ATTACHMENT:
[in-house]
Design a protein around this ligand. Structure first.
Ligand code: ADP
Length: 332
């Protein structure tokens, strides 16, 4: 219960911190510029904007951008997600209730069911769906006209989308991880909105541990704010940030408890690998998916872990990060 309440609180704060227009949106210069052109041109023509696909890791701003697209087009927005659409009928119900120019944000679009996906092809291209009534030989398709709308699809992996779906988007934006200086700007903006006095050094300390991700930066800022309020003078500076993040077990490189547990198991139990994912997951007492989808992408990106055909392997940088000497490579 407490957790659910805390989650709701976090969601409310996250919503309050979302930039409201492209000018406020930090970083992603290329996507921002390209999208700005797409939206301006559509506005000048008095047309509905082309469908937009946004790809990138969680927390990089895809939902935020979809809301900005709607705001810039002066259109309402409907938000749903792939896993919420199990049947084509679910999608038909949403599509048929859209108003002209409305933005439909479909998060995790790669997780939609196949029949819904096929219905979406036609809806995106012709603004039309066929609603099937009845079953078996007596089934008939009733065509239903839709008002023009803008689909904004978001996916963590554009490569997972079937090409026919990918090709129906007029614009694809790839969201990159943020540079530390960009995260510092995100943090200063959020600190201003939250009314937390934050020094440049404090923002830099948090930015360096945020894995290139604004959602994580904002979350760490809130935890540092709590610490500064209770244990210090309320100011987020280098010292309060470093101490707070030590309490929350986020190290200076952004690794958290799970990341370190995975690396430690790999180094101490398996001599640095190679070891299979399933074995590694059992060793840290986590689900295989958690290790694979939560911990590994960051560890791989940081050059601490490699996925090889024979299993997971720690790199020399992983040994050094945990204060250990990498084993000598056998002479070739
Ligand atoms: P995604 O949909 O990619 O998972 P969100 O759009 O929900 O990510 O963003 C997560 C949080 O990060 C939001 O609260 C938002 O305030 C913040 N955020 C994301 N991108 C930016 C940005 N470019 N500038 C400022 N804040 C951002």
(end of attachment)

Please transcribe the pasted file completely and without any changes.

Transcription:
[in-house]
Design a protein around this ligand. Structure first.
Ligand code: ADP
Length: 332
């Protein structure tokens, strides 16, 4: 219960911190510029904007951008997600209730069911769906006209989308991880909105541990704010940030408890690998998916872990990060 309440609180704060227009949106210069052109041109023509696909890791701003697209087009927005659409009928119900120019944000679009996906092809291209009534030989398709709308699809992996779906988007934006200086700007903006006095050094300390991700930066800022309020003078500076993040077990490189547990198991139990994912997951007492989808992408990106055909392997940088000497490579 407490957790659910805390989650709701976090969601409310996250919503309050979302930039409201492209000018406020930090970083992603290329996507921002390209999208700005797409939206301006559509506005000048008095047309509905082309469908937009946004790809990138969680927390990089895809939902935020979809809301900005709607705001810039002066259109309402409907938000749903792939896993919420199990049947084509679910999608038909949403599509048929859209108003002209409305933005439909479909998060995790790669997780939609196949029949819904096929219905979406036609809806995106012709603004039309066929609603099937009845079953078996007596089934008939009733065509239903839709008002023009803008689909904004978001996916963590554009490569997972079937090409026919990918090709129906007029614009694809790839969201990159943020540079530390960009995260510092995100943090200063959020600190201003939250009314937390934050020094440049404090923002830099948090930015360096945020894995290139604004959602994580904002979350760490809130935890540092709590610490500064209770244990210090309320100011987020280098010292309060470093101490707070030590309490929350986020190290200076952004690794958290799970990341370190995975690396430690790999180094101490398996001599640095190679070891299979399933074995590694059992060793840290986590689900295989958690290790694979939560911990590994960051560890791989940081050059601490490699996925090889024979299993997971720690790199020399992983040994050094945990204060250990990498084993000598056998002479070739
Ligand atoms: P995604 O949909 O990619 O998972 P969100 O759009 O929900 O990510 O963003 C997560 C949080 O990060 C939001 O609260 C938002 O305030 C913040 N955020 C994301 N991108 C930016 C940005 N470019 N500038 C400022 N804040 C951002």